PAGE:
"The Christian must discover in contemplation, and in the giving of his life, those symbolic actions which will ignite the people's faith to resist injustice with their whole lives, lives coming together as a united force of truth and thus releasing the liberating power of the God within them." - James Douglass, Contemplation and Resistance.

Saturday, January 13, 2007

False Consciousness

"The fact exists; but both the fact and what may result from it may be prejudicial to the person. Thus it becomes necessary, not precisely to deny the fact, but to 'see it differently.' This rationalization as a defense mechanism coincides in the end with subjectivism. A fact which is not denied but whose truths are rationalized loses its objective base. It ceases to be concrete and becomes a myth created in defense of the class of the perceiver." Paolo Friere, The Pedagogy of the Oppressed.

This is practically all the commentary that is necessary on Bush's escalation of the war in Iraq. Defending the class interests of the occupiers requires a different perception of the war - once the production sharing agreements for the oil wealth of the country are in place, then perceptions will shift once again.

As Christians, when we see a fact such as an unjust war and fail to respond to that knowledge through acts of resistance, then we implant the seeds of false consciousness that ripen into the fruits of self-deception. We have joined hands with the liberator, the representative of the liberation movements of people who work to free themselves by God's power, which is not the power of domination, but of the free gift of self. To fail to act is to betray the gift, to diminish and ultimately to despise it. The gift is the strength he gives us to free ourselves by our actions, for without such action there can be no liberation, which is not an hypnotic state, but a concrete act of freedom.

This is the reality we have imposed on the Iraqi people: "Baghdad is dying, we are all just waiting in line." Khaled -- not his real name to protect his life -- one of our Iraqi employees, said the words softy, his eyes glossing over.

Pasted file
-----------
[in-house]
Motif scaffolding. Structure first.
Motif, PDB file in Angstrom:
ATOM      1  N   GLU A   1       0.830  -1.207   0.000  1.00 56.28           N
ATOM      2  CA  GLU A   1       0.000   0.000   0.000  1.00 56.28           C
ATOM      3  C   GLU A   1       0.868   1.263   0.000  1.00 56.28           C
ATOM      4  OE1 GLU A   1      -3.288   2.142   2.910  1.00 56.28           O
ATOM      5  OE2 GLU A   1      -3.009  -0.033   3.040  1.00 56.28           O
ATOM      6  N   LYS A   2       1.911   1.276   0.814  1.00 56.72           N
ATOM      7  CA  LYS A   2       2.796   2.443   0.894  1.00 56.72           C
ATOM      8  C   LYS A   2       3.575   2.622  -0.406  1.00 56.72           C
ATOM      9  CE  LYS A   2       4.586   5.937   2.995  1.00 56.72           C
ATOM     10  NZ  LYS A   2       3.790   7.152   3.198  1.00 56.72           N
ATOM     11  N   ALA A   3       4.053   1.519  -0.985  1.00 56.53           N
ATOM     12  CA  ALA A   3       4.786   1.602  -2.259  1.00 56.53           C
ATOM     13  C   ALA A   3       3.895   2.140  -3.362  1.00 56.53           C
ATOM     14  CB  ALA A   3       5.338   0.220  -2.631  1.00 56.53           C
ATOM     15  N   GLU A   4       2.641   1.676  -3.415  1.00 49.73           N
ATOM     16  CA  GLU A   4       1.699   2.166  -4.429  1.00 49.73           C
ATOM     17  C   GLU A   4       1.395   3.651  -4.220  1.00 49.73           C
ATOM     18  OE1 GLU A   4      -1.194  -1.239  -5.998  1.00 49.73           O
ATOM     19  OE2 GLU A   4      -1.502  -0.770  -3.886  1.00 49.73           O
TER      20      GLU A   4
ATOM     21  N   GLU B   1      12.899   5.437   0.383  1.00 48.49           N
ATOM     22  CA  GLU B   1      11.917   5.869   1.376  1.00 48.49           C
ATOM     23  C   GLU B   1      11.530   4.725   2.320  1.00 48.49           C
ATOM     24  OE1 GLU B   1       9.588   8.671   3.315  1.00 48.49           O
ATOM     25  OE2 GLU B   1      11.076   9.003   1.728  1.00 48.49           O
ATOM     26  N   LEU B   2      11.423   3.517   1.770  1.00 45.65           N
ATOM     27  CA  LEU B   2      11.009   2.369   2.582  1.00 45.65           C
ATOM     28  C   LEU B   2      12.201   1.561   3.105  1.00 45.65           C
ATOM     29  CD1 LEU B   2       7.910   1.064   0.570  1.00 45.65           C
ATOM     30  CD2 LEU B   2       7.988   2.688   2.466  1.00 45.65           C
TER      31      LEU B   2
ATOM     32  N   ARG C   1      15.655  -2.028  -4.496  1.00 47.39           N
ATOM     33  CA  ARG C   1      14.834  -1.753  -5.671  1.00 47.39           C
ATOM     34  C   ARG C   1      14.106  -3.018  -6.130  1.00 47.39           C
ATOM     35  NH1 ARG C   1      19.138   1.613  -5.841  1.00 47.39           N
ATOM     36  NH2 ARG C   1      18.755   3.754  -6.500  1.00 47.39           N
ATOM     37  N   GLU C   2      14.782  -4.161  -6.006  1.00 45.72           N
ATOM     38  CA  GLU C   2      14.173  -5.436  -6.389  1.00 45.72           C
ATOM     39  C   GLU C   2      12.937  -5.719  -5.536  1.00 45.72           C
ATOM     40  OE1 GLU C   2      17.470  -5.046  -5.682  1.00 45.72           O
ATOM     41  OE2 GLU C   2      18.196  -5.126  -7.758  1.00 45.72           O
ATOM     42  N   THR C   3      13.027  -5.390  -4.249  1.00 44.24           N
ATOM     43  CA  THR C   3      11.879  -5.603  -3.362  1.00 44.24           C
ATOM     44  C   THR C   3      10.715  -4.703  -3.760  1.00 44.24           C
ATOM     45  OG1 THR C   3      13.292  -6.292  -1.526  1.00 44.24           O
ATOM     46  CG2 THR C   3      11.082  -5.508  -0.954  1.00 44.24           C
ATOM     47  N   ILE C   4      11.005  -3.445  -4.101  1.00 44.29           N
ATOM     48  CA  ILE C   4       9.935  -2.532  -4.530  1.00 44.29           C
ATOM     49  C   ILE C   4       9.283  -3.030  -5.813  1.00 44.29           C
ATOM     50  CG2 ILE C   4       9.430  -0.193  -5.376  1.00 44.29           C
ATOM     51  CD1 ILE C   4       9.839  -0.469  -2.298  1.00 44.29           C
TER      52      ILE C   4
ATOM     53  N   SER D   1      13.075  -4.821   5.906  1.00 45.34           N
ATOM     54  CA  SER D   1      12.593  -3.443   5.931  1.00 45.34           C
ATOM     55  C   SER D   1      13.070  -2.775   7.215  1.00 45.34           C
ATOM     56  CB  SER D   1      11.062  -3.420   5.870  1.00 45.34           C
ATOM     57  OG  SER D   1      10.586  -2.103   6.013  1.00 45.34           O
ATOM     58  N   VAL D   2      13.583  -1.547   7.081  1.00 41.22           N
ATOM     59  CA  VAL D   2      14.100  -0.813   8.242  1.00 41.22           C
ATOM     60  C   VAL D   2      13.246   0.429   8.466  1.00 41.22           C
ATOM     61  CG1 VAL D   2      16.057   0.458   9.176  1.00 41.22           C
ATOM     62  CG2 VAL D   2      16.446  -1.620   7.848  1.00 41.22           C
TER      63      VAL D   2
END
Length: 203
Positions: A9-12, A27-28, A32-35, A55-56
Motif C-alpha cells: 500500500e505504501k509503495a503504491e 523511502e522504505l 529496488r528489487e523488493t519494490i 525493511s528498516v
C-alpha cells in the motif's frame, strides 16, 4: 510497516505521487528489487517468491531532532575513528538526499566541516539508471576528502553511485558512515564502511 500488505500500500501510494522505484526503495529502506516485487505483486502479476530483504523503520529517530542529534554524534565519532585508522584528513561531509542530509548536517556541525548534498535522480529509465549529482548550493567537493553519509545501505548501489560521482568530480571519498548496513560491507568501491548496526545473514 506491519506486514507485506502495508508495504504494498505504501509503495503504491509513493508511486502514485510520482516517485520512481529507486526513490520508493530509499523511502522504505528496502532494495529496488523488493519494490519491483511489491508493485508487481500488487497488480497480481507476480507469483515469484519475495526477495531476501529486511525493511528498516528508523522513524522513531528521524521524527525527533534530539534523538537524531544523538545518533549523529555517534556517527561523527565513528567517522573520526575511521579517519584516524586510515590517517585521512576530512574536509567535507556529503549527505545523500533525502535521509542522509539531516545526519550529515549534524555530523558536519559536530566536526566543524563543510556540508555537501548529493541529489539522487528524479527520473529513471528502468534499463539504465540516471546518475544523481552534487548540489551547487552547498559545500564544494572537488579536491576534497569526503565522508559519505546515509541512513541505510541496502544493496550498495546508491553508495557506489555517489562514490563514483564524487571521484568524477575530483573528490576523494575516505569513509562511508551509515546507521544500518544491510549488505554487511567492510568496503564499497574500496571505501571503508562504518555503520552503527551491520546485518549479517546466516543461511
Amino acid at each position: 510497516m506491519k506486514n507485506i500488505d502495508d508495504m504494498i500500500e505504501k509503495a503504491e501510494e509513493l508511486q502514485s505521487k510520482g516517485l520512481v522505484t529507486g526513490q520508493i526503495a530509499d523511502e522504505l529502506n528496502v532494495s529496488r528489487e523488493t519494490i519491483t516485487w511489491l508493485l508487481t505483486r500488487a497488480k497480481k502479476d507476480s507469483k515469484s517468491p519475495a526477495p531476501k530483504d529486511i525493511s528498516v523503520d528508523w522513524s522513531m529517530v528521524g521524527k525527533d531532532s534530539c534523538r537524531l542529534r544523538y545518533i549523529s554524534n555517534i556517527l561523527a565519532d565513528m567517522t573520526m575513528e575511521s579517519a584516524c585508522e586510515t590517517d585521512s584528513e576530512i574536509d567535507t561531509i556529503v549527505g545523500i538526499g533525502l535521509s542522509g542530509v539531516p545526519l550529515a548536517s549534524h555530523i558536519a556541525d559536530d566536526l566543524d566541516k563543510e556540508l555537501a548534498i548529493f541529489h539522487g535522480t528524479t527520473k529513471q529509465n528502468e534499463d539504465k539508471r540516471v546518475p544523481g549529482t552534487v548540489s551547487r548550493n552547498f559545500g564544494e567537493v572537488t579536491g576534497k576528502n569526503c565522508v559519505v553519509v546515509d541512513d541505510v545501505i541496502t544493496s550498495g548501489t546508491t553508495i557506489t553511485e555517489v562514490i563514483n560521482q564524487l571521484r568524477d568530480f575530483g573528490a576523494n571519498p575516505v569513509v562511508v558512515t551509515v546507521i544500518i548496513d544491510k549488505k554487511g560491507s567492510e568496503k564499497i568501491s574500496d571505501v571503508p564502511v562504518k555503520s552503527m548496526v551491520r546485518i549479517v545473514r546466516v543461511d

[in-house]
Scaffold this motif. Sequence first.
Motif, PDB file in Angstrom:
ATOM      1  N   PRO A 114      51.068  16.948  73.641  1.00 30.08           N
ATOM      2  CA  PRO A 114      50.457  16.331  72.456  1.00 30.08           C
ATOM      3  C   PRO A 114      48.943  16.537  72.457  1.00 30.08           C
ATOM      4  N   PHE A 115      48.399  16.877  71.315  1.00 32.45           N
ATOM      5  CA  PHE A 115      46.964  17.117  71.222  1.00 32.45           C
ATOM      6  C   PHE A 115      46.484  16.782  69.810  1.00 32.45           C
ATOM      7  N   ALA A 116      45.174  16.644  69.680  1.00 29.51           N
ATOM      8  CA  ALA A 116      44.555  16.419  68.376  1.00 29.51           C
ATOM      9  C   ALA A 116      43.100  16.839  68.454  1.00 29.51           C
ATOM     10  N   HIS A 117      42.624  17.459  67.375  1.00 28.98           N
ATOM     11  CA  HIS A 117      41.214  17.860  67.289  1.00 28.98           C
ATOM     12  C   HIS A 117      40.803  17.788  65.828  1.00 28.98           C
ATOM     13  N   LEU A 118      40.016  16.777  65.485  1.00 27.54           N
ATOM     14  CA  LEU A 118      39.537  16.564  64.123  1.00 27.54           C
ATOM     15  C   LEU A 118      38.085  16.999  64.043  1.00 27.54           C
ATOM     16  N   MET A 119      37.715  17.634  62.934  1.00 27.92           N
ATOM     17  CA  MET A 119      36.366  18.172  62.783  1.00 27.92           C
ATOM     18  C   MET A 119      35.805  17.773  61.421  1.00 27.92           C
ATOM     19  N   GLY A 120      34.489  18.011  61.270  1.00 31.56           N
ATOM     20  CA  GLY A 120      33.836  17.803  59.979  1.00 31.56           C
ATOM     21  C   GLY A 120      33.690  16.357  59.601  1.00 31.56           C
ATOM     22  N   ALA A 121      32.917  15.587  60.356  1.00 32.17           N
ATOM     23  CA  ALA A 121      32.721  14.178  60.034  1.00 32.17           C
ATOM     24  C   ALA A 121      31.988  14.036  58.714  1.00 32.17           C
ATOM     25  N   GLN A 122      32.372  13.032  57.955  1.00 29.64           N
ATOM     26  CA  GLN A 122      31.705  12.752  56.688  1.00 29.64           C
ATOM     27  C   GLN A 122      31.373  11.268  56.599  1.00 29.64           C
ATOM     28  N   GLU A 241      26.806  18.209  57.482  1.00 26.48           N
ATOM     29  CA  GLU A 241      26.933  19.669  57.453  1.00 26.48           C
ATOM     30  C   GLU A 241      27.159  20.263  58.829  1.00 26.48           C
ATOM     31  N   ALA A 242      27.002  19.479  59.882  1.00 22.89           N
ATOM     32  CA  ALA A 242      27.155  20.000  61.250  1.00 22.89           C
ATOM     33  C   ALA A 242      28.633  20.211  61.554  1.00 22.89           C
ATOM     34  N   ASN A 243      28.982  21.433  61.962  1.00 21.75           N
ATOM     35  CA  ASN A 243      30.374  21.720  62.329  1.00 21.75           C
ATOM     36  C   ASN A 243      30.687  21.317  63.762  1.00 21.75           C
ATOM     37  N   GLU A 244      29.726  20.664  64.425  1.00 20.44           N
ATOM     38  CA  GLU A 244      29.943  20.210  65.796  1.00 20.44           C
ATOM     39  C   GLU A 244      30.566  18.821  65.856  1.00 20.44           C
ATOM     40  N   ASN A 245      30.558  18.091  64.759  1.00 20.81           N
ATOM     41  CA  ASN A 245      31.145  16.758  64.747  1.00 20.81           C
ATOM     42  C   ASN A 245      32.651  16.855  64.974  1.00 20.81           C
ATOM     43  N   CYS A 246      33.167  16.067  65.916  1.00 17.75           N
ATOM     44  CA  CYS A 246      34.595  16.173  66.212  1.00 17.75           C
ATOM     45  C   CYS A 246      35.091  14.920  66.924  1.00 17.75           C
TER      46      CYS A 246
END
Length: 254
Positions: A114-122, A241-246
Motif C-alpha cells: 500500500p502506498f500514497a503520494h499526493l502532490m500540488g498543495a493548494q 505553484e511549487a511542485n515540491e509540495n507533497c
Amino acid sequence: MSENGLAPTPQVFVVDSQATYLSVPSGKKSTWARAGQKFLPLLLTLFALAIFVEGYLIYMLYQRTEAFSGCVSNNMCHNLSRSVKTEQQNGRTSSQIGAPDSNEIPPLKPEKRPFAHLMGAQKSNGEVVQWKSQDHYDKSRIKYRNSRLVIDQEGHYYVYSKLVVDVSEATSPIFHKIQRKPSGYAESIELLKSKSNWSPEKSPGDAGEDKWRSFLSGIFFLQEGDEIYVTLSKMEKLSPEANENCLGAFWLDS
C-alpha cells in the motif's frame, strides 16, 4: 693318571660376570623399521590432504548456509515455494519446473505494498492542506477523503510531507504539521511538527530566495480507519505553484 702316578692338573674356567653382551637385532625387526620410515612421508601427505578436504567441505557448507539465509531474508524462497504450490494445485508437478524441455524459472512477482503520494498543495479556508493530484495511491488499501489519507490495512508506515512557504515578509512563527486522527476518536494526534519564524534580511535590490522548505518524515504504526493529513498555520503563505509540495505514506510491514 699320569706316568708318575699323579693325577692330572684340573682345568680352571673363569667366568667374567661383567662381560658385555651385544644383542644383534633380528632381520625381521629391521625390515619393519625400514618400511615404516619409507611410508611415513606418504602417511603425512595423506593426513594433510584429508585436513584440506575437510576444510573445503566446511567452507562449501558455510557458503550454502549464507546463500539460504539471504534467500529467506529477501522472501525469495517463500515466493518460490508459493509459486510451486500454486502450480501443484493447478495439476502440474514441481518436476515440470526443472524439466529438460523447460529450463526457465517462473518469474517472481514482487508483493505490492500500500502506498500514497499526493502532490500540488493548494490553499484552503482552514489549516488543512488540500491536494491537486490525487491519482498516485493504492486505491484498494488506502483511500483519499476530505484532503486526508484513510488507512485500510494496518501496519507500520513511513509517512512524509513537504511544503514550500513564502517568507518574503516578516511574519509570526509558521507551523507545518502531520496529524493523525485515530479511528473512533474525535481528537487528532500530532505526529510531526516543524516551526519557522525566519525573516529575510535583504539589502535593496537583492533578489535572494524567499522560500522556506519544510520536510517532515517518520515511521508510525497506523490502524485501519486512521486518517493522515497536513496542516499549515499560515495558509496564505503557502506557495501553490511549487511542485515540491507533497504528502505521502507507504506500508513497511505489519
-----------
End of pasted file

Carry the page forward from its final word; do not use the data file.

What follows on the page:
"It's so hard for me Arwa. This skull won¹t absorb English," he said, smacking both palms against his head. "I just have too much on my mind. I'm supporting three families, most of them women, each time my phone rings my heart sinks thinking that one of them was killed."

Khaled is a well-built man, proud and softly spoken. But like too many others, utterly broken by the hardship of life in the capital. Helpless in the face of the violence. Moving mechanically through each day, just hoping to reach tomorrow.

There absolutely nothing to say. Reassuring words ring hollow. And so I just said "I know." And his eyes glossed over even more.

Iraqis are strong and proud. You won't often see their suffering in their actions or in their voices. You see it in their eyes. Baghdad is dying."

In the face of such facts, we reach for the maneuvers of power politics, but somehow we must resist this as well. To use the tactics of our enemies is to be defeated by those tactics. To use them is to succumb to the logic of power. We must embrace another set of logics, those used by "the powerless Christ who was independent of authority, who has nothing but his love with which to win and save us. His powerlessness is an inner authority: we are not his because he has begotten, created, or made us, but because his weaponless power is love, which is stronger than death." Dorothee Soelle.

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